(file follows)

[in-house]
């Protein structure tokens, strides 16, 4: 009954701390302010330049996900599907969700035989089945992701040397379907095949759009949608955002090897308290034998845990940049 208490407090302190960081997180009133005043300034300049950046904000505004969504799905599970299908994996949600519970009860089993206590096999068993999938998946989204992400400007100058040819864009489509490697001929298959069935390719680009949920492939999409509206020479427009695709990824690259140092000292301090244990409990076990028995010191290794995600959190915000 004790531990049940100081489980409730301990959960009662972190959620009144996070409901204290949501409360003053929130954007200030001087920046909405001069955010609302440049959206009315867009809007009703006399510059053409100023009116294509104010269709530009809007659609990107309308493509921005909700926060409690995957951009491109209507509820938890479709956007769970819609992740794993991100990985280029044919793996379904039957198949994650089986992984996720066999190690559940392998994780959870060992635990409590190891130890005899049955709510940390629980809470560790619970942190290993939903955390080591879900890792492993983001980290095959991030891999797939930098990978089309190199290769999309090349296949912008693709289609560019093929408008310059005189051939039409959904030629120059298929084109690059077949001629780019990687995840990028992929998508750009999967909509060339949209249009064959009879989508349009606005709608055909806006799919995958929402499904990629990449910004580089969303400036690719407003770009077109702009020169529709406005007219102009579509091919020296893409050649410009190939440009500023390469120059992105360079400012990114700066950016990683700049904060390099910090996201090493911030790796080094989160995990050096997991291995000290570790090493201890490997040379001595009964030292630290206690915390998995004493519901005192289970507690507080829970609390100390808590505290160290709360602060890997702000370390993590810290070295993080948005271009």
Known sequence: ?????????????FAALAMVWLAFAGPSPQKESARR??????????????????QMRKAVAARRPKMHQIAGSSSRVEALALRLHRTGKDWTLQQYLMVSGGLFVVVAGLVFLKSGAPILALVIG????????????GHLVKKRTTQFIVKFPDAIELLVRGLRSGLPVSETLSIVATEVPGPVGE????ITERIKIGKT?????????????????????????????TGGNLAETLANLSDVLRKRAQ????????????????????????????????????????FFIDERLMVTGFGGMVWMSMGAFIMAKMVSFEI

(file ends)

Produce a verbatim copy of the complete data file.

[in-house]
């Protein structure tokens, strides 16, 4: 009954701390302010330049996900599907969700035989089945992701040397379907095949759009949608955002090897308290034998845990940049 208490407090302190960081997180009133005043300034300049950046904000505004969504799905599970299908994996949600519970009860089993206590096999068993999938998946989204992400400007100058040819864009489509490697001929298959069935390719680009949920492939999409509206020479427009695709990824690259140092000292301090244990409990076990028995010191290794995600959190915000 004790531990049940100081489980409730301990959960009662972190959620009144996070409901204290949501409360003053929130954007200030001087920046909405001069955010609302440049959206009315867009809007009703006399510059053409100023009116294509104010269709530009809007659609990107309308493509921005909700926060409690995957951009491109209507509820938890479709956007769970819609992740794993991100990985280029044919793996379904039957198949994650089986992984996720066999190690559940392998994780959870060992635990409590190891130890005899049955709510940390629980809470560790619970942190290993939903955390080591879900890792492993983001980290095959991030891999797939930098990978089309190199290769999309090349296949912008693709289609560019093929408008310059005189051939039409959904030629120059298929084109690059077949001629780019990687995840990028992929998508750009999967909509060339949209249009064959009879989508349009606005709608055909806006799919995958929402499904990629990449910004580089969303400036690719407003770009077109702009020169529709406005007219102009579509091919020296893409050649410009190939440009500023390469120059992105360079400012990114700066950016990683700049904060390099910090996201090493911030790796080094989160995990050096997991291995000290570790090493201890490997040379001595009964030292630290206690915390998995004493519901005192289970507690507080829970609390100390808590505290160290709360602060890997702000370390993590810290070295993080948005271009």
Known sequence: ?????????????FAALAMVWLAFAGPSPQKESARR??????????????????QMRKAVAARRPKMHQIAGSSSRVEALALRLHRTGKDWTLQQYLMVSGGLFVVVAGLVFLKSGAPILALVIG????????????GHLVKKRTTQFIVKFPDAIELLVRGLRSGLPVSETLSIVATEVPGPVGE????ITERIKIGKT?????????????????????????????TGGNLAETLANLSDVLRKRAQ????????????????????????????????????????FFIDERLMVTGFGGMVWMSMGAFIMAKMVSFEI